In a sharp blow to President Reagan's policies in Latin America, the House Foreign Affairs Committee yesterday voted 19 to 16 against the administration's request for $50 million in additional military aid to El Salvador.
Reagan had sought the funds as part of a $110 million emergency infusion to shore up the Salvadoran government against leftist guerrillas. The other $60 million would be shifted from already appropriated funds for Morocco and other countries, but has been held up in a House Appropriations subcommittee.
James Michel, deputy assistant secretary of state for inter-American affairs, urged the committee to approve the $50 million, saying rejection would be "very harmful to our interests in democracy and human rights."
But Rep. Michael D. Barnes (D-Md.), chairman of the subcommittee on Western Hemisphere affairs, said the administration's request would amount to "$50,000 in military aid for every guerrilla we know of."
Six Democrats, including committee Chairman Clement J. Zablocki (D-Wis.), voted for the administration's request. It failed when three Republicans--Reps. Jim Leach (Iowa), Olympia J. Snowe (Maine) and Ed Zschau (Calif.)--voted with the Democratic majority.
The president's request could be revived on the House floor or in the Republican-controlled Senate Foreign Relations Committee. But that committee has already voted to cap military aid to El Salvador in 1983 and 1984 at $50 million a year. The administration has already received $26 million for 1983.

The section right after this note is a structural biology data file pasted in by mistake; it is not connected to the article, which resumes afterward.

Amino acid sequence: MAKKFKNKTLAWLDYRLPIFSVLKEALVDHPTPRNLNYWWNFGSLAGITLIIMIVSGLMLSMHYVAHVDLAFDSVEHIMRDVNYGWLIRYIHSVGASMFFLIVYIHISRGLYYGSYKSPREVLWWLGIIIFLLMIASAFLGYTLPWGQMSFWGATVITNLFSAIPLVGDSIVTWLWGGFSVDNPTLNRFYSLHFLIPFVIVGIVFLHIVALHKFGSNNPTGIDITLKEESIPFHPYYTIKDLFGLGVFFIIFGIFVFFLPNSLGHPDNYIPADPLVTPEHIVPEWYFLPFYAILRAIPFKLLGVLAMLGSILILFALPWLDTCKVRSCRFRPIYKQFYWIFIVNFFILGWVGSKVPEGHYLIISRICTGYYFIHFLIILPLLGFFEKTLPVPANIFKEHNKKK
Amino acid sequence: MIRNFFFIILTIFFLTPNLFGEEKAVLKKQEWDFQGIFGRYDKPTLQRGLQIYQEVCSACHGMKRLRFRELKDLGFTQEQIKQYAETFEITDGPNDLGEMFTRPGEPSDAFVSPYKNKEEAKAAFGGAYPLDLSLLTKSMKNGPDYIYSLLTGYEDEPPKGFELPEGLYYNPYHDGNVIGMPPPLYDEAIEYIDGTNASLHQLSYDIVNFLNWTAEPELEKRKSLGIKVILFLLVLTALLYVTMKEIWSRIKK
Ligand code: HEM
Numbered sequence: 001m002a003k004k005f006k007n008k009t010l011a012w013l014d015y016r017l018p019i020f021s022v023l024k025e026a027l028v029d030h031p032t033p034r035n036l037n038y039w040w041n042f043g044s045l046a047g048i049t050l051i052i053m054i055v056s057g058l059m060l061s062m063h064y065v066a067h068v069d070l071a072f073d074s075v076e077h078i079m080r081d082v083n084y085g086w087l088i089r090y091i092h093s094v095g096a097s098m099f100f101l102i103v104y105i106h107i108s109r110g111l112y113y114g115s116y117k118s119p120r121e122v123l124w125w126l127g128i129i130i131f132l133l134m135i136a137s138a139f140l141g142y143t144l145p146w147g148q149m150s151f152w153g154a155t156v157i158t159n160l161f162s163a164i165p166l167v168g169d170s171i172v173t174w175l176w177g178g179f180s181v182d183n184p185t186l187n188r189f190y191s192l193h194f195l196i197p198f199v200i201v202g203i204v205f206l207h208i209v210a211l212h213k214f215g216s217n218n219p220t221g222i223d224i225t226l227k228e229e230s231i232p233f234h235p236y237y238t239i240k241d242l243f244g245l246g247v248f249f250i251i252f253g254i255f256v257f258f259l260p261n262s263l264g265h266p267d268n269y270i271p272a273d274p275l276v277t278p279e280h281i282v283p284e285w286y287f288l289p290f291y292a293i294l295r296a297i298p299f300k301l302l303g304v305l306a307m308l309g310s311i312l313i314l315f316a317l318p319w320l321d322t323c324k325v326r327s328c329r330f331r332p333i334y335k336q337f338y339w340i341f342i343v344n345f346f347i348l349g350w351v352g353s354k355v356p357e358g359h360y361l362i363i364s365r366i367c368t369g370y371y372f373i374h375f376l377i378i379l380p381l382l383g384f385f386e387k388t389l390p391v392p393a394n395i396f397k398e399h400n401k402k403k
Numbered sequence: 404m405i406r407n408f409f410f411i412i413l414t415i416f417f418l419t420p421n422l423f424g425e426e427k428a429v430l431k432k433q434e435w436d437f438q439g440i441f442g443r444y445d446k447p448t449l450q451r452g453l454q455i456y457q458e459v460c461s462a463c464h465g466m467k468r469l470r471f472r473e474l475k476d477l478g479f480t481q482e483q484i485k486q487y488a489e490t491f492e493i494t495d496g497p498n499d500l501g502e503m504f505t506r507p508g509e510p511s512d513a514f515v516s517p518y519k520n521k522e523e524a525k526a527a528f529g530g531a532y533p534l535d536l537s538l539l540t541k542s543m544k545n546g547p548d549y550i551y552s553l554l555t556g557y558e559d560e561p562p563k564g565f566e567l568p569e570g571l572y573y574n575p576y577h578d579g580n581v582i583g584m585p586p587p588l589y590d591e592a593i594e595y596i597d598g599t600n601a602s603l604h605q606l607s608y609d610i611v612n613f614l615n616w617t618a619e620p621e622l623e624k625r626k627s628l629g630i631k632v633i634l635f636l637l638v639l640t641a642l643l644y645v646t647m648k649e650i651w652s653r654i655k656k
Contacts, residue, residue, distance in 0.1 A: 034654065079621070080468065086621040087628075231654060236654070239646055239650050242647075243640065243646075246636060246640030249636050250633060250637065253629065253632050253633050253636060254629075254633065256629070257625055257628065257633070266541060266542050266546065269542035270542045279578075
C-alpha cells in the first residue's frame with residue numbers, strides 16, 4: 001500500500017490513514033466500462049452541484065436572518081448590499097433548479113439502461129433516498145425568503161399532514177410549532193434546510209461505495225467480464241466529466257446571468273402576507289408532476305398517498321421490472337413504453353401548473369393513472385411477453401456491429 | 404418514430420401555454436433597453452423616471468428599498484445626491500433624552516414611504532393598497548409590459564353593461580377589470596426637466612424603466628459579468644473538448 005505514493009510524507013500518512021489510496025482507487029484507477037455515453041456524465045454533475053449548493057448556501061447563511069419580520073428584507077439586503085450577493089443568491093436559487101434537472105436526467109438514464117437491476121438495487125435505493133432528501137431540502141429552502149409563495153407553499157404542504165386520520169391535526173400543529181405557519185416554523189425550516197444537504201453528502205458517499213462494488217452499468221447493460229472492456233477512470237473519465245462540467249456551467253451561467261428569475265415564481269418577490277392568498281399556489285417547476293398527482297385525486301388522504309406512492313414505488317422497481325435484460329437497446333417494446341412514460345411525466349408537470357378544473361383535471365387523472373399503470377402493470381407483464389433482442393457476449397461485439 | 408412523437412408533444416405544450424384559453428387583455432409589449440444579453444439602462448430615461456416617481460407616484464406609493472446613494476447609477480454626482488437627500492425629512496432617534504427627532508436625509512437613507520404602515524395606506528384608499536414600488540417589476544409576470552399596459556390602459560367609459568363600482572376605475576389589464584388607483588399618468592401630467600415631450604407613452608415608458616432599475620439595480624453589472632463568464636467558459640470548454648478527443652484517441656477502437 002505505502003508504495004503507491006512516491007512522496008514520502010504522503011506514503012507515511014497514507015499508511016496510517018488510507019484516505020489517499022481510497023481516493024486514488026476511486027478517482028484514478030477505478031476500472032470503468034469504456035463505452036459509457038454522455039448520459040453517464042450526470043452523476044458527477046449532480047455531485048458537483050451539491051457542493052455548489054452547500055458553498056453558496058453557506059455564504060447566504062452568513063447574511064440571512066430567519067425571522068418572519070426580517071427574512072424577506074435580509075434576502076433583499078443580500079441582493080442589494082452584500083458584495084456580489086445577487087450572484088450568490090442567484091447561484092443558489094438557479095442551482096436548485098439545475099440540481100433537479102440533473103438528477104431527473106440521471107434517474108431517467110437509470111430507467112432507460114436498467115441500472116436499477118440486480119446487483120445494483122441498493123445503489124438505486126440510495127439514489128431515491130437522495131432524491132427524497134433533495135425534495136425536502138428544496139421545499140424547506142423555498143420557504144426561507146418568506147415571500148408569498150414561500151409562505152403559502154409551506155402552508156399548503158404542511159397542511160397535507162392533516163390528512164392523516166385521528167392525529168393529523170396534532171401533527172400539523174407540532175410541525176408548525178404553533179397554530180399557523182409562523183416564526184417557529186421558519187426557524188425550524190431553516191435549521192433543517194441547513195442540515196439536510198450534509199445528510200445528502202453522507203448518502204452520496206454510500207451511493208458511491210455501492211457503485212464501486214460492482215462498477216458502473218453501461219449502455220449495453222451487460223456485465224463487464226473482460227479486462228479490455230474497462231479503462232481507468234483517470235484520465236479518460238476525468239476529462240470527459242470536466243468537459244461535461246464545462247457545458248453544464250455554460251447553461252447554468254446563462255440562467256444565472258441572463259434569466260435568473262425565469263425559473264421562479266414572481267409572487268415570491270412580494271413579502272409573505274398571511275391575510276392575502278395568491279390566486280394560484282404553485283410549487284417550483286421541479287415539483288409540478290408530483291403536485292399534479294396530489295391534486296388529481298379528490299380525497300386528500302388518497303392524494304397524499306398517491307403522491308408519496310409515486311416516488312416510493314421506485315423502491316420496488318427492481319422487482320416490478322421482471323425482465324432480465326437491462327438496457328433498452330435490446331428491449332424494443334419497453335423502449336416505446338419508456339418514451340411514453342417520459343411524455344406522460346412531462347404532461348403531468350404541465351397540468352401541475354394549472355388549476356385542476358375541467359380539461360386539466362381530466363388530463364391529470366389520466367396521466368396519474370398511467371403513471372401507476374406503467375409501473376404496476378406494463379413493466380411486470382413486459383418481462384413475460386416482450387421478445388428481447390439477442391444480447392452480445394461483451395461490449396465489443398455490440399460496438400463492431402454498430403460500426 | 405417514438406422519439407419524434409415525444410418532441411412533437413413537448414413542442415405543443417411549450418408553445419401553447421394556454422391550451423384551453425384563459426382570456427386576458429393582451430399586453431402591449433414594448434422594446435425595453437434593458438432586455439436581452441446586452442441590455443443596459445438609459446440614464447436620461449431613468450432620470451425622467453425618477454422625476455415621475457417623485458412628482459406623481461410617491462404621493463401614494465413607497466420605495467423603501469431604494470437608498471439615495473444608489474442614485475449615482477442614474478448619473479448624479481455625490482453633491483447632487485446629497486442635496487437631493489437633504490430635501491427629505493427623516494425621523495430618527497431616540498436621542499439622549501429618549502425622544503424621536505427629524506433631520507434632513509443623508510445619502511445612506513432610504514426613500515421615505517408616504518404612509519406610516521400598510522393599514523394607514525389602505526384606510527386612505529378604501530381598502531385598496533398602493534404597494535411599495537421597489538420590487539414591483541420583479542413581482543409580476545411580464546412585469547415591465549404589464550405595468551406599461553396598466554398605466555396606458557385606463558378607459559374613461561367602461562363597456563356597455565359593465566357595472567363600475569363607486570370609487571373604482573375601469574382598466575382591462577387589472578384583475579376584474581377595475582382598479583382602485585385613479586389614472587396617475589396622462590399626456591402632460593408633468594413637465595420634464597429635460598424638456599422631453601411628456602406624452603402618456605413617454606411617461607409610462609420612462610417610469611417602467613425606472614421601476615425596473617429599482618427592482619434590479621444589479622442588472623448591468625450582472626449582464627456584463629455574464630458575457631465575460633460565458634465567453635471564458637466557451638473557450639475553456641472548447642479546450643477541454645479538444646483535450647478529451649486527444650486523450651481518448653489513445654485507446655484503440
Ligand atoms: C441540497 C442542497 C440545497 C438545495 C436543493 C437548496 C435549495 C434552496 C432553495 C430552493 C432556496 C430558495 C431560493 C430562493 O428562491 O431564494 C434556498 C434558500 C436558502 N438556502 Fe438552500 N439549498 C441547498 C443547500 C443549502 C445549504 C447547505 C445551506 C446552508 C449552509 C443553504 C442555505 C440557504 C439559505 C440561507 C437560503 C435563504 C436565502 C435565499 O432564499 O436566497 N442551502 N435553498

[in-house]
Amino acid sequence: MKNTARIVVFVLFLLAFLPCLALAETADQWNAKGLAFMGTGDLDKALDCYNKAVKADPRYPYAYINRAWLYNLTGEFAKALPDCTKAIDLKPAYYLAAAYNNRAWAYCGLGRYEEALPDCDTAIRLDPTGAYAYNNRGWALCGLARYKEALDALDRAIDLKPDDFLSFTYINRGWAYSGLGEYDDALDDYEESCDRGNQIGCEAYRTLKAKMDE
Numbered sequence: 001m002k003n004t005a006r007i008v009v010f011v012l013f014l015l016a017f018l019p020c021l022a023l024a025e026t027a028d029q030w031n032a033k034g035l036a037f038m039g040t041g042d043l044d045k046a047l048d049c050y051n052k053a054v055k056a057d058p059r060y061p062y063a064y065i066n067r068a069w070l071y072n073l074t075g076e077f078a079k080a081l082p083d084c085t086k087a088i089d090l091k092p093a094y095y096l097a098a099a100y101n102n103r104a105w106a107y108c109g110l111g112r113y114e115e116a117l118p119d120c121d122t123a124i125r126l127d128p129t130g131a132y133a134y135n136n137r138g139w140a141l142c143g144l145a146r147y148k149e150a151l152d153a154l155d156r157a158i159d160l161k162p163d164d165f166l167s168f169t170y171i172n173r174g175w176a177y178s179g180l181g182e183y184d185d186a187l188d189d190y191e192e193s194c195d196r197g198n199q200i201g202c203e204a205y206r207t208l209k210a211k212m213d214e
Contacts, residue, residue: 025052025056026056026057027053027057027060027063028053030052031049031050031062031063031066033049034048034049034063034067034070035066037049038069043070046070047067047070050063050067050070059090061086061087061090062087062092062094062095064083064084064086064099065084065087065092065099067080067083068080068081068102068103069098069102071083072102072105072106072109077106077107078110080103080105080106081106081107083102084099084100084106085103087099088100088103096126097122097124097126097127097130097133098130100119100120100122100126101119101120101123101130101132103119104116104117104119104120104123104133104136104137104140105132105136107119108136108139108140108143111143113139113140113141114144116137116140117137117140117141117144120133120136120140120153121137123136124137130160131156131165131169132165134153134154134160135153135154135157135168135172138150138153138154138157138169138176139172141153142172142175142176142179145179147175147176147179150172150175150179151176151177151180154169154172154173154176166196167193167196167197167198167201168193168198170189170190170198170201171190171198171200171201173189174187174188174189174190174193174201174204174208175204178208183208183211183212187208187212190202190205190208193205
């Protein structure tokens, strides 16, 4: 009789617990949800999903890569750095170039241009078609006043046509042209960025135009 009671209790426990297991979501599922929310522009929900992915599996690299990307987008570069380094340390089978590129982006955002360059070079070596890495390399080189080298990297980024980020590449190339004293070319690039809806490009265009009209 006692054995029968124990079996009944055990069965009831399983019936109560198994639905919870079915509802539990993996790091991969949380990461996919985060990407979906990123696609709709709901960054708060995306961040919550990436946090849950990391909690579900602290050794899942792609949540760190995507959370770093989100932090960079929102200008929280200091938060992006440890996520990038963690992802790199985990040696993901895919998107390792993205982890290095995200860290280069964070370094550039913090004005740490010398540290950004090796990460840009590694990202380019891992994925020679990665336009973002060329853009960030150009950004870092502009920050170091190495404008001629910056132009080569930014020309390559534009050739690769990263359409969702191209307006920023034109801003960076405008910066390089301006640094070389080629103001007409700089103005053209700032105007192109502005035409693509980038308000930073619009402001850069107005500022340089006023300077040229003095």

The Senate committee also has indicated that it would like to see negotiations without preconditions between the guerrillas and the Salvadoran government. The administration has adamantly opposed open-ended negotiations, contending they would lead to power-sharing.
However, on the other $60 million the administration is working to meet various conditions laid down by Rep. Clarence D. Long (D-Md.), chairman of the House Appropriations subcommittee on foreign operations, including a suggestion that the administration appoint a high-level envoy to work toward a political solution.
The corresponding Senate Appropriations subcommittee has already approved reprogramming the $60 million, though it too attached some conditions. The Senate Foreign Relations Committee voted to cut the amount.
Yesterday, Zablocki said he would send a letter to Secretary of State George P. Shultz notifying him that the House Foreign Affairs Committee also wants some say over reprogramming requests, which committee members consider to be an end-run around their committee.
To emphasize the point, the committee yesterday cut in half the administration's request for $100 million in additional funds for Morocco, part of which were necessary because Moroccan funds were to be diverted to El Salvador.
Meanwhile, Attorney General William French Smith, who returned Saturday from a 12-day trip to Latin America, said yesterday that he warned the Salvadoran government the administration is not satisfied with its inquiries into the deaths there of eight American citizens.
Smith, whose trip to Mexico, Peru, Bolivia and El Salvador concentrated mainly on drug smuggling problems, said he told Salvadoran officials that the United States wants speedier action in those cases plus long-term improvements in El Salvador's judicial system.
"The bottom line is that this is a matter of substantial urgency," Smith said. "We are supporting that government . . . but it is essential that changes be made in the judicial system and that they be made soon . . . . "